Under the NLRA, union representation is conducted on a bargaining unit basis; a bargaining unit is "a grouping of two or more employees aggregated for the assertion of organizational rights or for collective bargaining." 1 Patrick Hardin,The Developing Labor Law 448 (1992). If the employees in a given workplace make a sufficient showing of interest, the NLRB will determine the boundaries of the appropriate bargaining unit and conduct an election amongst the employees in the unit to determine whether the union shall serve as the unit's exclusive bargaining representative (or, if more than one union wishes to do so, which union). Although the statute does not specify how the composition of an appropriate bargaining unit shall be determined — the bargaining unit is simply referred to as "a unit appropriate for such purposes [i.e., collective bargaining]" — the NLRB has developed a body of case law on the subject. 29 U.S.C. § 159(a). The NLRB examines a number of factors, all revolving around whether the employees in the proposed bargaining unit share a "community of interests." Katherine V.W. Stone, The New Psychological Contract: Implications of the Changing Workplace For Labor And Employment Law, 48 UCLA L.Rev. 519, 621-24 (2001). Those factors include "(1) extent and type of union organization of employees; (2) bargaining history of the industry, as well as with respect to the parties before the Board; (3) similarity of duties, skills, interests and working conditions of the employees; (4) organizational structure of the company; and (5) the desires of the employees." 1 Hardin, supra, at 449. Because of the multiplicity of factors, a number of bargaining units may exist at a single employer's plant or store, or one bargaining unit may exist across various employers. See 1 Hardin, supra, at 462-72, 508-21 (discussing various types of unit classifications and multi-employer units). We should also note that an NLRB election is not a prerequisite to an employer's recognition of a union or its agreement to a CBA. All that is required is that the majority of the employees in the unit desire to be represented by the union and that the unit for bargaining be "appropriate."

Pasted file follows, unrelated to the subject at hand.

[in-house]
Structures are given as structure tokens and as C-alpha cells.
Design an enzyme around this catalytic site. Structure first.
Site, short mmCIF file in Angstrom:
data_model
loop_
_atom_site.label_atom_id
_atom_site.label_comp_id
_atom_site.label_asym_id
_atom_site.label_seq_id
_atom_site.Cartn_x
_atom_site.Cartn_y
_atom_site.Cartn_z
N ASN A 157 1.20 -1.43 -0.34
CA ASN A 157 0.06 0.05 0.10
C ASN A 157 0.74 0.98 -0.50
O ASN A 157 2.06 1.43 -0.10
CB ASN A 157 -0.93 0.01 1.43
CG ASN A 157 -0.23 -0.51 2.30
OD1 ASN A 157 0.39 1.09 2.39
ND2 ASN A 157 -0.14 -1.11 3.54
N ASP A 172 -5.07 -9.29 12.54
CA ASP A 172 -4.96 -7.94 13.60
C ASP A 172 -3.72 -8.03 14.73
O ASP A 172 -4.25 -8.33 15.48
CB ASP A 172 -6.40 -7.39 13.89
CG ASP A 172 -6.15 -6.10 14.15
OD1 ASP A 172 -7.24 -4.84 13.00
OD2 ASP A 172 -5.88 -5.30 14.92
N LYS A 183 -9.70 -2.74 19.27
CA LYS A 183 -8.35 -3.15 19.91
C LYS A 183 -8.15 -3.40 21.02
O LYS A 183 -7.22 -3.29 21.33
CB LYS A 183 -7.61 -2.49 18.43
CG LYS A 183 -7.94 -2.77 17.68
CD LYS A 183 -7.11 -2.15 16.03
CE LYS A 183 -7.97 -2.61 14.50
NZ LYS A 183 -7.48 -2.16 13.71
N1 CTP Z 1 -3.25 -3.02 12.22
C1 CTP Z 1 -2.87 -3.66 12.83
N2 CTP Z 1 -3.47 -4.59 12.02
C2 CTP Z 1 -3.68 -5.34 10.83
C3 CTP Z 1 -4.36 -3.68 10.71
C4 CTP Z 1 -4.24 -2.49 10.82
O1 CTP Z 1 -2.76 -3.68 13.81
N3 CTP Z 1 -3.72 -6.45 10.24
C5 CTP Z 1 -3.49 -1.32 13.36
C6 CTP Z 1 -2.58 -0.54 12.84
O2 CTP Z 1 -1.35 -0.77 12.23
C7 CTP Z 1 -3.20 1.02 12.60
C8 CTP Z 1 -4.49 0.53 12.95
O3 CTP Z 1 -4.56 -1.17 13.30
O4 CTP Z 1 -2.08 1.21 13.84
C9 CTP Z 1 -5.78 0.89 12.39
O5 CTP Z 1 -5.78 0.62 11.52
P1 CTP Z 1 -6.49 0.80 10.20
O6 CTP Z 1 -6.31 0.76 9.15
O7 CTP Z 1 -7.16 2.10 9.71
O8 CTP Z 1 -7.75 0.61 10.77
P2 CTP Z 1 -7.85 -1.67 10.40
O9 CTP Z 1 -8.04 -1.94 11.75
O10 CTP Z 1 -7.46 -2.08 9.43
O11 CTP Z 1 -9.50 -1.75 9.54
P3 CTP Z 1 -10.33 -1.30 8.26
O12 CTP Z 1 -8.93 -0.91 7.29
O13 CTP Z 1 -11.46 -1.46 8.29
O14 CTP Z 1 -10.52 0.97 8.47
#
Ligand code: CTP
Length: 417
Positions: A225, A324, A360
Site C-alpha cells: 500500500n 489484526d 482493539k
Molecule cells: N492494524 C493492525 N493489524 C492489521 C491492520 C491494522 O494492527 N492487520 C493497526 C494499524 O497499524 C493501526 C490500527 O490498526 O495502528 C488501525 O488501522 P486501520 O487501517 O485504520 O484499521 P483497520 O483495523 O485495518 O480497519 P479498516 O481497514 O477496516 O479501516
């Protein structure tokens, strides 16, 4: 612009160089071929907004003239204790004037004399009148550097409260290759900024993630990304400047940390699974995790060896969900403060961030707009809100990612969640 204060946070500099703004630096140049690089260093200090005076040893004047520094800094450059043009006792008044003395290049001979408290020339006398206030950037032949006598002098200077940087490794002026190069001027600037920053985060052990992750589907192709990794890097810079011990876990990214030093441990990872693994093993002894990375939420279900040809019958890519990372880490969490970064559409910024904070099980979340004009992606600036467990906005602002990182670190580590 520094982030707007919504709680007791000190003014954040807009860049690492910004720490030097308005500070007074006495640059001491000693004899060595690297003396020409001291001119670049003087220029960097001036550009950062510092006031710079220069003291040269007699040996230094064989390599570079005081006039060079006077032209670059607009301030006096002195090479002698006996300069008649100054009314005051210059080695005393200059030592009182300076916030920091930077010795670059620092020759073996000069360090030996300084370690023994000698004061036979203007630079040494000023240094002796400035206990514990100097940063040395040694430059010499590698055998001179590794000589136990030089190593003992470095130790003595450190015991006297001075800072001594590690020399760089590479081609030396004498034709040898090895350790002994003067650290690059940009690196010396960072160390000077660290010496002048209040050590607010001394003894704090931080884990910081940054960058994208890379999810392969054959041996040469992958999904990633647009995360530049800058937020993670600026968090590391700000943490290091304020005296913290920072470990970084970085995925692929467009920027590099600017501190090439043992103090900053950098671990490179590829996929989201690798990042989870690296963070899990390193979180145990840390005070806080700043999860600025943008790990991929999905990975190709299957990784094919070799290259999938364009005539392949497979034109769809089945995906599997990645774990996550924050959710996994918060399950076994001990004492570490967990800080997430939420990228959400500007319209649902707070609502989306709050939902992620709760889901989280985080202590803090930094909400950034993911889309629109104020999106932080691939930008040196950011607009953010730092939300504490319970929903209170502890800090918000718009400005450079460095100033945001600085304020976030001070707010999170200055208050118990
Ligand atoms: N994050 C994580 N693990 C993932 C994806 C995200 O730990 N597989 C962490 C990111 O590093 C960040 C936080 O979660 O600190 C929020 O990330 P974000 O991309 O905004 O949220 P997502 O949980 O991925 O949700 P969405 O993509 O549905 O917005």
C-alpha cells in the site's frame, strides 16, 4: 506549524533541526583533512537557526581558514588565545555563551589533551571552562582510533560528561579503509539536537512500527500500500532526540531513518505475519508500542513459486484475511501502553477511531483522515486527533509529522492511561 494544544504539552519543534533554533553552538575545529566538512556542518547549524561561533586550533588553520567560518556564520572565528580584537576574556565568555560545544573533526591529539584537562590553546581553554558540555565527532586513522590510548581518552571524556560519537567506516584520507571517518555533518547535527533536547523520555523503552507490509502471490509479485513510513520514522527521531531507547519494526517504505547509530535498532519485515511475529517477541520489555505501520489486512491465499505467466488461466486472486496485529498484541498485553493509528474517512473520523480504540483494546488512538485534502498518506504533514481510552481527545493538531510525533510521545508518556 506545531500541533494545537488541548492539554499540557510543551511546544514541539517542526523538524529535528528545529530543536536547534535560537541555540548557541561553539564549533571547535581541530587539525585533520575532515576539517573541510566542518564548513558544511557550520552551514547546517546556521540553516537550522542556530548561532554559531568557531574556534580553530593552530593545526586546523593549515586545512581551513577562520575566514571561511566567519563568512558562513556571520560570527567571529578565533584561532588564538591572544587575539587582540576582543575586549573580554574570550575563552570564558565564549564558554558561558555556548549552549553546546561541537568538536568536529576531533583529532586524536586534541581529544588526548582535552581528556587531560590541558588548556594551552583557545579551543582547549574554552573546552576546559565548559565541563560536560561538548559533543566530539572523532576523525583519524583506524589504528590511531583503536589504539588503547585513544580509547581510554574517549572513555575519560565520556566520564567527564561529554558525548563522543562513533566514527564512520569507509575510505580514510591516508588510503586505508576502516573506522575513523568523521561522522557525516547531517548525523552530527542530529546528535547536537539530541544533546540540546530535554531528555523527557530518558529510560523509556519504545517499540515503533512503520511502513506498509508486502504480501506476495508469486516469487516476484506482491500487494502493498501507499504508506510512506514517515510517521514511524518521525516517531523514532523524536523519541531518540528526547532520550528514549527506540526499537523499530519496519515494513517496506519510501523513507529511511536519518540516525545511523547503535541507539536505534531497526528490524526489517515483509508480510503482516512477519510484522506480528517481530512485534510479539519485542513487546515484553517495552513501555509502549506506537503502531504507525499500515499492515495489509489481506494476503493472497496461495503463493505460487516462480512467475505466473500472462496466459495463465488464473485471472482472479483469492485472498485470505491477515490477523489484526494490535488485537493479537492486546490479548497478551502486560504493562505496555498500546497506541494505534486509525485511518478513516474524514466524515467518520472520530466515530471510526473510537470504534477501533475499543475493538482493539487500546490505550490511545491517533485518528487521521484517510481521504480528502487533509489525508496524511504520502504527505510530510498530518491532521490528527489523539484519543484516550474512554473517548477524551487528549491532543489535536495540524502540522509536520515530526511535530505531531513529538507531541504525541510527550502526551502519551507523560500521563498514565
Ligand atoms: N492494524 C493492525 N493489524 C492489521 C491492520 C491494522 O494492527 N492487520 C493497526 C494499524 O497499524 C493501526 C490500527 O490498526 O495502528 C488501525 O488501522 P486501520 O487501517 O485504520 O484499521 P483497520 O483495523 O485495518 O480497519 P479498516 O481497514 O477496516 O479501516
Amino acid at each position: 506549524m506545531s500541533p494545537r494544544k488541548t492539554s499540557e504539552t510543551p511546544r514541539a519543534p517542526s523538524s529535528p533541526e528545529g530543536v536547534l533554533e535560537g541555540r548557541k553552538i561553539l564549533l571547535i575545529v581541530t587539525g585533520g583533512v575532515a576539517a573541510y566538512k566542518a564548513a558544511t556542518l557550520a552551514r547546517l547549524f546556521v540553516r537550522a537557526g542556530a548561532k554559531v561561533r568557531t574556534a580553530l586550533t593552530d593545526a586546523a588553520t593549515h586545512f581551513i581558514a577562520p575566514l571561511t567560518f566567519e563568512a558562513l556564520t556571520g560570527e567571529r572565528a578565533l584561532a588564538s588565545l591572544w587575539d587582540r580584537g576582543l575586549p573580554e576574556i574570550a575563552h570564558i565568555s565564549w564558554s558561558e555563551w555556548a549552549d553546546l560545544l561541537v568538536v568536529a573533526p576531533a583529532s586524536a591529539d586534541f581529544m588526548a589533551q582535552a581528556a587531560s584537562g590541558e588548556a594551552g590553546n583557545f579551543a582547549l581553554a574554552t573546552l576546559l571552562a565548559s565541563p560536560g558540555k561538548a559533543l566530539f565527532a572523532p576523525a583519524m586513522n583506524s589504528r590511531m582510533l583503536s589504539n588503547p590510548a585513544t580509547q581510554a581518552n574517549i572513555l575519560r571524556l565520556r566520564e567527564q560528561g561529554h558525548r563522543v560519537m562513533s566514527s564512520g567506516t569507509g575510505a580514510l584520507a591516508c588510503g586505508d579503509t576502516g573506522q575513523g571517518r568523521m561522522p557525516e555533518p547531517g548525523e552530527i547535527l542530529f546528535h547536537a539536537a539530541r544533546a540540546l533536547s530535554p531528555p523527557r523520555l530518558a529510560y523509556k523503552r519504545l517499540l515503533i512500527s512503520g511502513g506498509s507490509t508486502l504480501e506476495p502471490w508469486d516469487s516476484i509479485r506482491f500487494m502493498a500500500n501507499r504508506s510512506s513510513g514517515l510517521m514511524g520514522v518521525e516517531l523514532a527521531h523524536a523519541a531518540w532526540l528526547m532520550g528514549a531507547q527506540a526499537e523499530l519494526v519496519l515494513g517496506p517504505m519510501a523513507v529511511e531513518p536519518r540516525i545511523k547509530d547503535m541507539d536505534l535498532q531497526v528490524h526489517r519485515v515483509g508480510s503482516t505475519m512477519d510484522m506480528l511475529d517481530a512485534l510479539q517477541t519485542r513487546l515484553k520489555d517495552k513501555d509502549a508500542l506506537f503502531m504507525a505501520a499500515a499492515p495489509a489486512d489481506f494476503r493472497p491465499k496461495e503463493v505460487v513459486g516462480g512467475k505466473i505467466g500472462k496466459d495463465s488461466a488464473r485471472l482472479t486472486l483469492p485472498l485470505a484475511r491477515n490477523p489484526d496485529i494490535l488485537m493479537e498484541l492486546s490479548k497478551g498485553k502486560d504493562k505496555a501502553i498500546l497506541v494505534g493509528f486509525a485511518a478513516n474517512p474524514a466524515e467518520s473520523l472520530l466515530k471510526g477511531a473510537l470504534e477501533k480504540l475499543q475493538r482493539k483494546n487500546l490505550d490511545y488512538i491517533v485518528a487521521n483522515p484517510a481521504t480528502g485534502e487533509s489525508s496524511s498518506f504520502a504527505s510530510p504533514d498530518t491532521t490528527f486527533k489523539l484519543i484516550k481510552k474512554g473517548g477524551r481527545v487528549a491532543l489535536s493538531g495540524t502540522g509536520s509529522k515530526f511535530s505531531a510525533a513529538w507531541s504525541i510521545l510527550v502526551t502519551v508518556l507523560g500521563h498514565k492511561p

Section 8(a)(3) describes the required dues as "the periodic dues and the initiation fees uniformly required as a condition of acquiring or retaining membership."